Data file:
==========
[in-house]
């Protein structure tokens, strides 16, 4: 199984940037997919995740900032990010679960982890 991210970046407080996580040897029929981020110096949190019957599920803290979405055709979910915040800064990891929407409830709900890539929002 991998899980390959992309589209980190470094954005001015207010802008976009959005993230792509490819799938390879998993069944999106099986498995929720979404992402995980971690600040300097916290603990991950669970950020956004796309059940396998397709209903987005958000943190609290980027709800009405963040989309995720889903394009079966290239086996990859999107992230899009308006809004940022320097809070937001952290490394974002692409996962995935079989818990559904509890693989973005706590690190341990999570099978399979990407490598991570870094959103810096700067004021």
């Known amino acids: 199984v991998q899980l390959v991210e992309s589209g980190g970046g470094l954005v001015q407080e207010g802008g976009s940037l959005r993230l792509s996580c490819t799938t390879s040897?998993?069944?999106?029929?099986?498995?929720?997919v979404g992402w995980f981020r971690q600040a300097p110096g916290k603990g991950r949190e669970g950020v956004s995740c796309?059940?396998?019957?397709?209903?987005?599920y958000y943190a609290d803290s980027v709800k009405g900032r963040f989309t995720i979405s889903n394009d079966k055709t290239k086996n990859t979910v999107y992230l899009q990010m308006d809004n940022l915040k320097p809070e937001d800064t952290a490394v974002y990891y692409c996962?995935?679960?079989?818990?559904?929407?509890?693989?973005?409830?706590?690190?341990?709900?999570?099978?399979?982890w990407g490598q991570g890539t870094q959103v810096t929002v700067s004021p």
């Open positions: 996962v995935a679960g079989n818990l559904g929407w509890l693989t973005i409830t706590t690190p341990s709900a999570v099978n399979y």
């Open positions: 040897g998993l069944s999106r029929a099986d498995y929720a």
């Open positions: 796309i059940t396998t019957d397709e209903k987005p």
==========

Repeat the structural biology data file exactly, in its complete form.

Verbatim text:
[in-house]
């Protein structure tokens, strides 16, 4: 199984940037997919995740900032990010679960982890 991210970046407080996580040897029929981020110096949190019957599920803290979405055709979910915040800064990891929407409830709900890539929002 991998899980390959992309589209980190470094954005001015207010802008976009959005993230792509490819799938390879998993069944999106099986498995929720979404992402995980971690600040300097916290603990991950669970950020956004796309059940396998397709209903987005958000943190609290980027709800009405963040989309995720889903394009079966290239086996990859999107992230899009308006809004940022320097809070937001952290490394974002692409996962995935079989818990559904509890693989973005706590690190341990999570099978399979990407490598991570870094959103810096700067004021």
């Known amino acids: 199984v991998q899980l390959v991210e992309s589209g980190g970046g470094l954005v001015q407080e207010g802008g976009s940037l959005r993230l792509s996580c490819t799938t390879s040897?998993?069944?999106?029929?099986?498995?929720?997919v979404g992402w995980f981020r971690q600040a300097p110096g916290k603990g991950r949190e669970g950020v956004s995740c796309?059940?396998?019957?397709?209903?987005?599920y958000y943190a609290d803290s980027v709800k009405g900032r963040f989309t995720i979405s889903n394009d079966k055709t290239k086996n990859t979910v999107y992230l899009q990010m308006d809004n940022l915040k320097p809070e937001d800064t952290a490394v974002y990891y692409c996962?995935?679960?079989?818990?559904?929407?509890?693989?973005?409830?706590?690190?341990?709900?999570?099978?399979?982890w990407g490598q991570g890539t870094q959103v810096t929002v700067s004021p």
């Open positions: 996962v995935a679960g079989n818990l559904g929407w509890l693989t973005i409830t706590t690190p341990s709900a999570v099978n399979y």
């Open positions: 040897g998993l069944s999106r029929a099986d498995y929720a």
């Open positions: 796309i059940t396998t019957d397709e209903k987005p």